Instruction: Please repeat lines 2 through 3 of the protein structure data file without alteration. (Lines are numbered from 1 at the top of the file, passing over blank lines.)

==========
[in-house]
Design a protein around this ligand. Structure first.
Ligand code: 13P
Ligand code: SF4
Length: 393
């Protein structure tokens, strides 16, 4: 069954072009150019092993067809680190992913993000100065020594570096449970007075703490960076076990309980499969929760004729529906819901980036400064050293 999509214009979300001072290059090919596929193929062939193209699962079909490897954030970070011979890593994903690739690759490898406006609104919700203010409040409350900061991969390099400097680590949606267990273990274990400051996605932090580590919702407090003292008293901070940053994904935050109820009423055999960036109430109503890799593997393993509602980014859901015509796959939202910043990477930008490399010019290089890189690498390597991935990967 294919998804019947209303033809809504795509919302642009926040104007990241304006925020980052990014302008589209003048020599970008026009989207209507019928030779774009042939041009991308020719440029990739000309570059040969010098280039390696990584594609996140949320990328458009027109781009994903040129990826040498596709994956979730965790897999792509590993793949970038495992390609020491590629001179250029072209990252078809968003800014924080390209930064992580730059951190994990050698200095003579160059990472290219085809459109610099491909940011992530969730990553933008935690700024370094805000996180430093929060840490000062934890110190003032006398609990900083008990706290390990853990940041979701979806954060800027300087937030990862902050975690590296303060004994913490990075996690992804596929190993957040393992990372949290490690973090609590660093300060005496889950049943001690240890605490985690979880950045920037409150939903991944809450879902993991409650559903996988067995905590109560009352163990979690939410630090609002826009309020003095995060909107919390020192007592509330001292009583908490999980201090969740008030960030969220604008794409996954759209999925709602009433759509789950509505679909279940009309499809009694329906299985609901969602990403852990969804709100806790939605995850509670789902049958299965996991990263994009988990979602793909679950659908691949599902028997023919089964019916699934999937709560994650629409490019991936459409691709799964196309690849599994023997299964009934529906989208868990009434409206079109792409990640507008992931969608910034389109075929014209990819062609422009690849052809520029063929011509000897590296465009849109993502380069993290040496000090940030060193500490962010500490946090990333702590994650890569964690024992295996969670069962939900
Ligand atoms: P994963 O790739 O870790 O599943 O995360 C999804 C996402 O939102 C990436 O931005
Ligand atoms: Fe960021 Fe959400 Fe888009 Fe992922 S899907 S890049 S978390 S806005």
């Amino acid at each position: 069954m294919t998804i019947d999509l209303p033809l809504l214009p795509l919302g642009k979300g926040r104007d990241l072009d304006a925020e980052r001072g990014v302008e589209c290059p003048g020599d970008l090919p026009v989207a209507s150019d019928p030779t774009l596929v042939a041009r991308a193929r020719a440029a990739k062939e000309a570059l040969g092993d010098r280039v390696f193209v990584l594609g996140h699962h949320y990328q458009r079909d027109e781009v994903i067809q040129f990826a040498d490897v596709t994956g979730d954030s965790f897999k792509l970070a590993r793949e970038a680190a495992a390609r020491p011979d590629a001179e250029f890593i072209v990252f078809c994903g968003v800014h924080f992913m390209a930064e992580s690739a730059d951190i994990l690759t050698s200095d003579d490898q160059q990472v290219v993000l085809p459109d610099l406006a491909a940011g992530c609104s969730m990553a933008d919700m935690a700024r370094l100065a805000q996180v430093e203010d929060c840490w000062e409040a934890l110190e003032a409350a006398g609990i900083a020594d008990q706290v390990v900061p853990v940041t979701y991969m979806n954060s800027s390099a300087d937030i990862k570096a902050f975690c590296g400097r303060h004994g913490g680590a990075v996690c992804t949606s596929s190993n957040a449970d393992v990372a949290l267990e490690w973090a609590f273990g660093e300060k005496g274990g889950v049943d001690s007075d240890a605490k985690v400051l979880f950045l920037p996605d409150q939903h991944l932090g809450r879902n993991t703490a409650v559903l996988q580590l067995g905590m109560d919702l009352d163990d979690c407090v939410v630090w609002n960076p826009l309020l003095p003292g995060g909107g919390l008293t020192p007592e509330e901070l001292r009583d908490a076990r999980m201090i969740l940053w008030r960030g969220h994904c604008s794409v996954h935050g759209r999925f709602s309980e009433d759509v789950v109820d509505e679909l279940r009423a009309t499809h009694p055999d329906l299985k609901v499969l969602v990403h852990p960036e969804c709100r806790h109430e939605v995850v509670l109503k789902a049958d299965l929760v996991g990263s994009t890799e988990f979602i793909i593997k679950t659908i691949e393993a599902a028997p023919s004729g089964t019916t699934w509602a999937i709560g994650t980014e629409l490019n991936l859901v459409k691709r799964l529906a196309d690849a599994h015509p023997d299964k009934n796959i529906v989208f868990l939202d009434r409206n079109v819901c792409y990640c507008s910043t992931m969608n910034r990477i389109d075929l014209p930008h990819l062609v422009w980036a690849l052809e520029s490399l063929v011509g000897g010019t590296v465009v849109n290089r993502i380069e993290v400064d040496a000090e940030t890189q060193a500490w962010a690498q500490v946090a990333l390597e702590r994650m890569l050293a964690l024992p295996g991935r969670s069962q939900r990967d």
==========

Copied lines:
Design a protein around this ligand. Structure first.
Ligand code: 13P